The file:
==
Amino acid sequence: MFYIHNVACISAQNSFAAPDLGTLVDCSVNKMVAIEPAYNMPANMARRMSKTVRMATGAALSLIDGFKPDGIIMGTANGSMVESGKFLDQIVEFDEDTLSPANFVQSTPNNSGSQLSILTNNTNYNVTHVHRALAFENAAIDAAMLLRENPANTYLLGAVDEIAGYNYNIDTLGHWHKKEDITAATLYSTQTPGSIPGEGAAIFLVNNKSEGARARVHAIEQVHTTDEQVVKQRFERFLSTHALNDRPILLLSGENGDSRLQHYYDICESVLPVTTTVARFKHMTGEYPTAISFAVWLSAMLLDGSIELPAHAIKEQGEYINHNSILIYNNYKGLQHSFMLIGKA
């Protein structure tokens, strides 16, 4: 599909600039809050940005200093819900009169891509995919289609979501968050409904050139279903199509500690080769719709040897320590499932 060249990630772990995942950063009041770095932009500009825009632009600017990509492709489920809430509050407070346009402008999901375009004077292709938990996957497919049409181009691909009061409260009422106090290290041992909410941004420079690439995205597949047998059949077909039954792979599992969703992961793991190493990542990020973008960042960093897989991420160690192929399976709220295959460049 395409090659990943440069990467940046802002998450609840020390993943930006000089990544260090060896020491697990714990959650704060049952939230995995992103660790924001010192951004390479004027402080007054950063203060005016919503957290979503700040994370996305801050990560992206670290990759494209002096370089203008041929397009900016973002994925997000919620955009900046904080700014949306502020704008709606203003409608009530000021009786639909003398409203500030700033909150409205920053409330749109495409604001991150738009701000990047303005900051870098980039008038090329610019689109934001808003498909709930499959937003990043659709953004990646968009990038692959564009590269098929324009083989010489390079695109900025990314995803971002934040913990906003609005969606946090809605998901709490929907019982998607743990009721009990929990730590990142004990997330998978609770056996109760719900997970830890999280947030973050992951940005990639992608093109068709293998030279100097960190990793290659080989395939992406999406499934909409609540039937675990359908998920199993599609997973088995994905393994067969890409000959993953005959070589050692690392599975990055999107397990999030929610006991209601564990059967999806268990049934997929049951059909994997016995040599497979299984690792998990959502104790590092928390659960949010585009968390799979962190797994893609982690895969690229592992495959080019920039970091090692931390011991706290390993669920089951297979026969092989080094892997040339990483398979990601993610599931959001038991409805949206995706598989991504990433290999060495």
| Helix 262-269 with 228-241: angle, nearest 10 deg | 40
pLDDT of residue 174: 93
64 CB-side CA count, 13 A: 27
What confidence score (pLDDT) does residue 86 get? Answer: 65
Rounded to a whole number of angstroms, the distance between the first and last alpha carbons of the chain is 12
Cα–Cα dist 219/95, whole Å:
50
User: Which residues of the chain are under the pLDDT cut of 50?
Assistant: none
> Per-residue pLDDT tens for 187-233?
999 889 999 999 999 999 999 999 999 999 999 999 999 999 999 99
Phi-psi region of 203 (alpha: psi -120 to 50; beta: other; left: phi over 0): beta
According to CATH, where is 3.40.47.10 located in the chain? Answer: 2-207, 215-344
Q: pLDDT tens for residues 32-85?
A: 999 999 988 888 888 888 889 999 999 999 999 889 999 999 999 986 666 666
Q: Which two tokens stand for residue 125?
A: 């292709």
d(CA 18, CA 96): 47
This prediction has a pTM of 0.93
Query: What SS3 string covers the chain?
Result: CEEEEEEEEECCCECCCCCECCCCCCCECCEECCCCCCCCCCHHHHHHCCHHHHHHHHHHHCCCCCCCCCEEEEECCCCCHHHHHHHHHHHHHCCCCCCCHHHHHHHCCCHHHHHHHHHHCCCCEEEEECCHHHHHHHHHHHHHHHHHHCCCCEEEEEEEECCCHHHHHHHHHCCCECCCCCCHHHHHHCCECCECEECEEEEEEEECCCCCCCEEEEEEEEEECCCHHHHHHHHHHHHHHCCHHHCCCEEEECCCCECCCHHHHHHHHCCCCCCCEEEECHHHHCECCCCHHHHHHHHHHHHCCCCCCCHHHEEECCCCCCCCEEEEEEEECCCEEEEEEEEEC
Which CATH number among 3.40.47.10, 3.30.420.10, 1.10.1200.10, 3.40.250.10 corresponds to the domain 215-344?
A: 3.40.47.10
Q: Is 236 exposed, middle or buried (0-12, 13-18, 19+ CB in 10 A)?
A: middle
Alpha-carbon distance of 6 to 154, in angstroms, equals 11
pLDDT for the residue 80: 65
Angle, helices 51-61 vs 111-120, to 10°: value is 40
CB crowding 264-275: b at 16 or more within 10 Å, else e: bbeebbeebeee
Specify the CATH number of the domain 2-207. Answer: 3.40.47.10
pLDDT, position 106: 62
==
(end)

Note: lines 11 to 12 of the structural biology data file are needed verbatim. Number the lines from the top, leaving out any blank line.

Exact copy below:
Assistant: none
> Per-residue pLDDT tens for 187-233?